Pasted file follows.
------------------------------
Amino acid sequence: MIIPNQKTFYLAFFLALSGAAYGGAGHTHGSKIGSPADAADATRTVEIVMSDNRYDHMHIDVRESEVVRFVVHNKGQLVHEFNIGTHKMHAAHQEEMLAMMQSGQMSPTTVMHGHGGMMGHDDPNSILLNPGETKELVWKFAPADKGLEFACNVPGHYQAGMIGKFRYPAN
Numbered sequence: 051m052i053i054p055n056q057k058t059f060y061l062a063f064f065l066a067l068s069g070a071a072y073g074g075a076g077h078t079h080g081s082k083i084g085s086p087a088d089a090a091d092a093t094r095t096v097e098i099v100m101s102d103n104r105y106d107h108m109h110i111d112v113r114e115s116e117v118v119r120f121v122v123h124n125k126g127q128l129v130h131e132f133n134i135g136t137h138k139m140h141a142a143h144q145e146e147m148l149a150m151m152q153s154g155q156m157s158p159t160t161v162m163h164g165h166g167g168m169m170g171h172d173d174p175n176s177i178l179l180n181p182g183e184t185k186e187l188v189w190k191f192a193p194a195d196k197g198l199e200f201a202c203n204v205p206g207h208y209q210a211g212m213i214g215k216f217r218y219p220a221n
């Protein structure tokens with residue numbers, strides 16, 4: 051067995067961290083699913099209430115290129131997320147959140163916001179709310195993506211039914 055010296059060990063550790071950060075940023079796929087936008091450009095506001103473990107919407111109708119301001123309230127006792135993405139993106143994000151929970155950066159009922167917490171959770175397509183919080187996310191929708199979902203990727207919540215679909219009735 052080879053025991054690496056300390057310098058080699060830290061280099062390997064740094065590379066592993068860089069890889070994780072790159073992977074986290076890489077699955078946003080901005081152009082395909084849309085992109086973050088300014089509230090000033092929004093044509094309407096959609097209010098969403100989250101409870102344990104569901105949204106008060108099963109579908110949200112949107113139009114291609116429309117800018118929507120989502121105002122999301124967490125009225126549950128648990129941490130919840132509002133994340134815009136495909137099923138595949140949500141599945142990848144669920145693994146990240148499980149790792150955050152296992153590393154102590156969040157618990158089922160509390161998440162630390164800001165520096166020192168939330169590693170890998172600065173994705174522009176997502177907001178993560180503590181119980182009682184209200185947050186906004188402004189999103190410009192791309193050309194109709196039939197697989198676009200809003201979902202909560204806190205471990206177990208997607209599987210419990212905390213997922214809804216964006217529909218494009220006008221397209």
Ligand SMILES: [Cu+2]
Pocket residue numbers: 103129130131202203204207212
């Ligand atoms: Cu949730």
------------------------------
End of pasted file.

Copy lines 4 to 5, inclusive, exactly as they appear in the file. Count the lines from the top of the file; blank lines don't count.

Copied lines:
Ligand SMILES: [Cu+2]
Pocket residue numbers: 103129130131202203204207212